Final Flight: Launch Day (Part II)
Fri, 07/08/2011 - 8:00am
Hold at 31 seconds. Retraction arm sensor
shows faulty signal.
It’s now 8:00 Friday morning and I am headed into a special briefing by the center director. They just announced that the astronauts have left to get suited up, the sun is peaking through and the weather is starting to look more promising. Optimism is growing.
They just gave us the safety briefing—told us that the dangers included potential lightning strikes, which are not uncommon. The second biggest problem is the fallout from the exhaust plume, which can “cause you to itch, burn your skin a little or discolor your clothes.” No problem!
Apparently this has not caused any environmental problems in the past. Kennedy Space Center is 140,000 acres, half of which is water, a quarter swamp and the other quarter is actually land. Only 10 percent is used for launch facilities, so there is a huge amount of wildlife: eagles, gators, manatees and dolphins.
From 2:00 to 5:00 this morning, they filled Atlantis’ external fuel tank with 535,000 gallons of super cold liquid hydrogen and liquid oxygen. This shuttle mission will be taking up 12,000 pounds of supplies and return with approximately 10,000 pounds of old equipment and trash. Included in their cargo is a year’s worth of food, 2,000 pounds of science equipment, clothing and thousands of pounds of spare parts. Their primary job is to take tons of logistics to the station while NASA still has the huge cargo-carrying capacity of the shuttle available. They’re bringing the pump module back with them. It failed last year, and they want to learn what happened and make design improvements for the future. Two of the astronauts will participate in a spacewalk to capture the failed pump module, and because it is huge, they’ll be working with a robot arm to move it around. As the 135th flight, it will leave behind a fully functionally space station, a truly remarkable accomplishment.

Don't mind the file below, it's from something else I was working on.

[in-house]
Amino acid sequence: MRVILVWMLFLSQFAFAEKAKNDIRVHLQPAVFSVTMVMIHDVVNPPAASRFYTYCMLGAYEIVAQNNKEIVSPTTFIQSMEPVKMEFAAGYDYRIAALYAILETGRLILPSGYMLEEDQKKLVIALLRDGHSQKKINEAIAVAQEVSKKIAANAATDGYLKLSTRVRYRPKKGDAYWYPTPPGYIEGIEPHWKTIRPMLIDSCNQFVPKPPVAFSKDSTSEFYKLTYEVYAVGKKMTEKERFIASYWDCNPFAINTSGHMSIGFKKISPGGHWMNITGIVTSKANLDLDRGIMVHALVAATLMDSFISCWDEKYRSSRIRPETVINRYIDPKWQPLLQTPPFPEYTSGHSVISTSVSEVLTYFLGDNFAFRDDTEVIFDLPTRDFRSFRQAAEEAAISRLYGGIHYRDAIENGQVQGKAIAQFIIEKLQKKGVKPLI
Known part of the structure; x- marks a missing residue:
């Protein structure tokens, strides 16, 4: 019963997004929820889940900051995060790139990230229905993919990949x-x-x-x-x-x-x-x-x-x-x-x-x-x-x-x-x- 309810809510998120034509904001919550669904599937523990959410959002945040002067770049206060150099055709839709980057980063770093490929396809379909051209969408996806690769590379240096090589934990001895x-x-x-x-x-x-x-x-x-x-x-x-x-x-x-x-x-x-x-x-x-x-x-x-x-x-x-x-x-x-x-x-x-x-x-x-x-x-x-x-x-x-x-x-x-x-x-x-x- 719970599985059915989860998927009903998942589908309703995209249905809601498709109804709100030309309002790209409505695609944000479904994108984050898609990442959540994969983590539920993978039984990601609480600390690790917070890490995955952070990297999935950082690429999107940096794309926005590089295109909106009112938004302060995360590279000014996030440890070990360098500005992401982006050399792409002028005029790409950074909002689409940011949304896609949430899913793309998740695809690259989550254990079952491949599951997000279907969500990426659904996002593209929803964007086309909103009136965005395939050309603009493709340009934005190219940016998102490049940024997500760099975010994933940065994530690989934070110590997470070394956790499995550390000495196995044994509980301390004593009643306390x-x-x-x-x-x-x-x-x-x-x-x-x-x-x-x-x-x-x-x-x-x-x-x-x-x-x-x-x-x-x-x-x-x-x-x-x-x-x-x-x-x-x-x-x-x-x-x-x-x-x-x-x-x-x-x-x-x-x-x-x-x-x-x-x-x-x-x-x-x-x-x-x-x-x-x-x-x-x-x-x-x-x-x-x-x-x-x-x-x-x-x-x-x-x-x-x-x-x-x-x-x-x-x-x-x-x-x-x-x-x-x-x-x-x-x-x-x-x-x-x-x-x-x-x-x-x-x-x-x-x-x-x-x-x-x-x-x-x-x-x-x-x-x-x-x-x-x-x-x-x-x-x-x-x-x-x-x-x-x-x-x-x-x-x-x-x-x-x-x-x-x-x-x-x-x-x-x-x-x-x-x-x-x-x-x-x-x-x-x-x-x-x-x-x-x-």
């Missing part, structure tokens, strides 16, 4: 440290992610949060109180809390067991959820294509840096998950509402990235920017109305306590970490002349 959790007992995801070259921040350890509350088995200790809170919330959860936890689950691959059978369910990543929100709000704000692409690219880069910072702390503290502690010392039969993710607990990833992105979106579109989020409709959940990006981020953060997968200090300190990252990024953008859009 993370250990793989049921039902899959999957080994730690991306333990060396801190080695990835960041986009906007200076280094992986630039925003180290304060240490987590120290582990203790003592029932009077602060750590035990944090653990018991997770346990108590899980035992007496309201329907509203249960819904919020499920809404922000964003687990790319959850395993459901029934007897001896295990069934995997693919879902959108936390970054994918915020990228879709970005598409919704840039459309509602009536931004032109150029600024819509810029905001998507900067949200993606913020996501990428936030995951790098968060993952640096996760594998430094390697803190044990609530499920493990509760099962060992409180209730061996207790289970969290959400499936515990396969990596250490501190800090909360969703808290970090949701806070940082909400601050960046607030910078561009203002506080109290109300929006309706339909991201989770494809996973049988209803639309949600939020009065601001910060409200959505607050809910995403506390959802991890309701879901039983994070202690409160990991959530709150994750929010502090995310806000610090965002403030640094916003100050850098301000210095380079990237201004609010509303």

I cannot help but reflect on my time at NASA in 1981 immediately after the first flight and for the second. I recall participating in discussions about how hard it would be to have 100+ missions, then talking about how difficult it would be to build a space station and launch more than 100 missions. We went from talking about it to building it, and now it is done.
It is now 10:10 a.m. and we are entering a “hold,” and things look good!
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Fri, 07/08/2011 - 5:00am
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Fri, 07/08/2011 - 7:00pm